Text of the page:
EU regulators want to step up control of media outlets across Europe. Media organisations and the press councils that oversee complaints now face tighter regulation under the European Commission.
The high-level group on media freedom and pluralism set up more than a year ago by Neelie Kroes, the European Commission vice-president, concluded that it was essential to introduce new rules to ensure journalists and media organisations act responsibly and do not abuse their power.
New recommendations would see each national media council come under the control of the EU's executive.
And independent agencies with sweeping powers to investigate complaints and enforce fines could be rolled out if the recommendations of the Brussels-appointed panel become law.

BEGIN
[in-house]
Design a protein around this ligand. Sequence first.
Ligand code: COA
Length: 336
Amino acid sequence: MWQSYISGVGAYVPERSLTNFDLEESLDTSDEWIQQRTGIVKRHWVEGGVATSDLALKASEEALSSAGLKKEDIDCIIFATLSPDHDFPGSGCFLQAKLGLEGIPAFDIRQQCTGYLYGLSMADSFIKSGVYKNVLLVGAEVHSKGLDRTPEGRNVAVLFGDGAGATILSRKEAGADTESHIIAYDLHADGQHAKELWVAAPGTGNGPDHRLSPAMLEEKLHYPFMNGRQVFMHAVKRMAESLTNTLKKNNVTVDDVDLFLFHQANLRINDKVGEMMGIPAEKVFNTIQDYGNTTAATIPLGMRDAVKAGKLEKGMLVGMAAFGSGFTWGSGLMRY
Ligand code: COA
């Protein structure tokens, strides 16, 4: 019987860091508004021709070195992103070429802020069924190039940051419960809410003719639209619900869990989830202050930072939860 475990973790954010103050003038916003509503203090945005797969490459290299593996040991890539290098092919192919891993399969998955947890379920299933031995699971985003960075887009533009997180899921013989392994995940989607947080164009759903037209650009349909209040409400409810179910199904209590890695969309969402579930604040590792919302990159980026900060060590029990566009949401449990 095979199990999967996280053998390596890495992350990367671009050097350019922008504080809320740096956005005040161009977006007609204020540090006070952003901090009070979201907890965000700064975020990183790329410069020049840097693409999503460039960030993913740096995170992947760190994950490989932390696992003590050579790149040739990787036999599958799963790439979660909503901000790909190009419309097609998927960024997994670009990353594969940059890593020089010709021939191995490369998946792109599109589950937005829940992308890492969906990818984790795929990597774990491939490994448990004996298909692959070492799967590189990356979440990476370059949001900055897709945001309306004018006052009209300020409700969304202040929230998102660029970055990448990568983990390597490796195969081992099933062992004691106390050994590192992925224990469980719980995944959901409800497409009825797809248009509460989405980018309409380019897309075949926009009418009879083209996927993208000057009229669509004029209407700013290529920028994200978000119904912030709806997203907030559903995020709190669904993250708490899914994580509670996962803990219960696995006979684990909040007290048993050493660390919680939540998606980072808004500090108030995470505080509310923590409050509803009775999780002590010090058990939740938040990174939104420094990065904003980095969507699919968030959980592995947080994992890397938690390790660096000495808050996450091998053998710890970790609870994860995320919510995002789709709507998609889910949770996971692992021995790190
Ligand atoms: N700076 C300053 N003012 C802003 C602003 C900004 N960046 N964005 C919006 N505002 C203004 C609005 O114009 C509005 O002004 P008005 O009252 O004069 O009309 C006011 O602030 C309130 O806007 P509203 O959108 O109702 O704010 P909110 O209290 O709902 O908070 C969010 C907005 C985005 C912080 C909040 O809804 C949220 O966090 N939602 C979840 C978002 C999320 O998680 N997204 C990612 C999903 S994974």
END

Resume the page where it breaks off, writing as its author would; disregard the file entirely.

"All EU countries should have independent media councils with a politically and culturally balanced and socially diverse membership," says a report by the group, chaired by Vaira Vike-Freiberga, Latvia's former president.
"Such bodies would have competences to investigate complaints [and] should have real enforcement powers, such as the imposition of fines, orders for printed or broadcast apologies, or removal of journalistic status." Ms Kroes said she welcomed the recommendations and that the European Commission would take some time to digest the suggestions.